The optimized structure of the hfcc three-fold hollow site which is the energetically most favored adsorption site is illustrated in Figure 2(a). In Figure 2(b), the corresponding optimization history is depicted showing that convergence is smoothly reached after about 65 optimization steps.

Figure 2: (a) Optimized slab model of the fcc three-fold hollow site. (b) Optimization history.

The adsorption energy is given by Eads = ECO / Ni slab - ENi slab - ECO, where ECO / Ni slab is the energy of the slab model of the adsorbed CO on the Ni(111) surface, ENi slab the energy of the bare surface, and ECO the energy of the isolated CO molecule in the gas phase which was calculated based on a primitive 10x10x10 Å unit cell. The adsorption energies of the four sites are listed in Table 1 (third column). The largest adsorption energies are found for the hcp and fcc hollow sites, respectively, followed by the bridge and top adsorption site. Thus, the same trend is observed as found for the relative energies of the four adsorption sites. This is fully in line with experimental data [11]. The calculated adsorption energies are slightly higher than experimentally observed [12] which is consistent with previous DFT studies which found an overbinding of about 0.5 eV when using the PBE functional within the GGA scheme [13]. However, it could be shown in Ref. [7] that the general trend is correctly reproduced when comparing adsorption energies at different coverages. Since the fcc and hcp hollow sites are significantly lower in energy, the analysis of the co-adsorption of C and O is restricted to these two models in the following.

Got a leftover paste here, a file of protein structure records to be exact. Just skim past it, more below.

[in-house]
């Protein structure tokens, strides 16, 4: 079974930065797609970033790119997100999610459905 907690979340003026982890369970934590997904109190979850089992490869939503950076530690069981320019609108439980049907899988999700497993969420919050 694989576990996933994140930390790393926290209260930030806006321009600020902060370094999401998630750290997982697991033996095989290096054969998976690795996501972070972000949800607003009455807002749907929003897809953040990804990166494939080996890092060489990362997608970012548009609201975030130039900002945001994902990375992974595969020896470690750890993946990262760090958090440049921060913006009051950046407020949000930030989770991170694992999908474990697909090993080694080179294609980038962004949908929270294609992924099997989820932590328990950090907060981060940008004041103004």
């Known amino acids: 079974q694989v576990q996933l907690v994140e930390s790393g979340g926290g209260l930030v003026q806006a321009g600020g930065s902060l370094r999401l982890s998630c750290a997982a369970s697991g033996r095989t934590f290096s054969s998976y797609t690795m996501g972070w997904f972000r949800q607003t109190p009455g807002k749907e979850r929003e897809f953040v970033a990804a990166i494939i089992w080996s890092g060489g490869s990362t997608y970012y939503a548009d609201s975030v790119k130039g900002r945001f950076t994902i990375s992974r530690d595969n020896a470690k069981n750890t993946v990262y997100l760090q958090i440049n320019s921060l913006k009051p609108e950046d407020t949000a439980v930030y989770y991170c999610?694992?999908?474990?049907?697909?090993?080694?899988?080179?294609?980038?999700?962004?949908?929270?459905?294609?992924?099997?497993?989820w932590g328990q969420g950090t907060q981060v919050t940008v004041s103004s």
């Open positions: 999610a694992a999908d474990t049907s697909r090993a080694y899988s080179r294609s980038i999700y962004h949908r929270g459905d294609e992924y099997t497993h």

For the co-adsorption of the dissociated CO molecule, six configurations are possible, which are: C(hcp) – O(hcp), C(fcc) – O(fcc), C(hcp) – O(fcc-n), C(hcp) – O(fcc-o), C(fcc) – O(hcp-n), C(fcc) – O(hcp-o), where n indicates that the O atom is sitting in the next adjacent hollow, and o that the O atom is sitting in the hollow lying opposite to the C adsorption hollow. Since the co-adsorption on adjacent sites is most unlikely due to repulsive effects, only the four remaining geometries have been explored.

The relative energies of the four co-adsorption sites are listed in Table 2.

Table 2: Energies of the four co-adsorptions sites given relative to the C(hcp)-O(fcc-o) site energy in kJ/mol.

The configurations in which C and O are located in opposite lying holes are energetically preferred over the configurations with C and O sitting both either in hcp or fcc hollows. The optimized structure of the energetically most favored configuration, i.e. C(hcp) – O(fcc-o), is shown in Figure 3 together with the optimization history.

Figure 3: (a) Optimized slab model of the C(hcp) – O(fcc-o) co-adsorption site. (b) Corresponding optimization history.

Based on the optimized structures of the hcp three-fold hollow site and the C(hcp) – O(fcc-o) co-adsorption site, the reaction pathway of the CO dissociation on the Ni(111) has been evaluated. For this purpose, the nudge elastic band scheme has been used as implemented in the Transition State Locator module of Scienomics MAPS platform. The nudge elastic band scheme does not only localize the transition state (TS), but determines the full reaction path between the reactant (here: CO adsorbed at the hcp three-fold hollow site) and the product state (dissociated CO in C(hcp) – O(fcc-o) configuration). The result of the transition state search is illustrated in Figure 4 showing the energetical change during the reaction.

Figure 4: Reaction pathway calculated using the nudge elastic band methods.

The energy difference between the CO adsorbed Ni species and the transition state corresponds to the activation energy Ea, while the reaction energy DH is given by the energy difference between product and reactant state. In the present case, the activation energy is 375.7 kJ/mol and the reaction energy is 254.1 kJ/mol.

In summary, the study demonstrates that DFT can be used to predict the preferred adsorption site and energy of small molecules on metal surfaces in quantitative and qualitative agreement with experimental measurements. Moreover, it is possible to explore the reaction pathway and thus estimate the activation and reaction energy using first principles methods. Ab initio studies are thus a valuable tool to gain detailed insights into reaction mechanisms in order to guide and improve synthesis.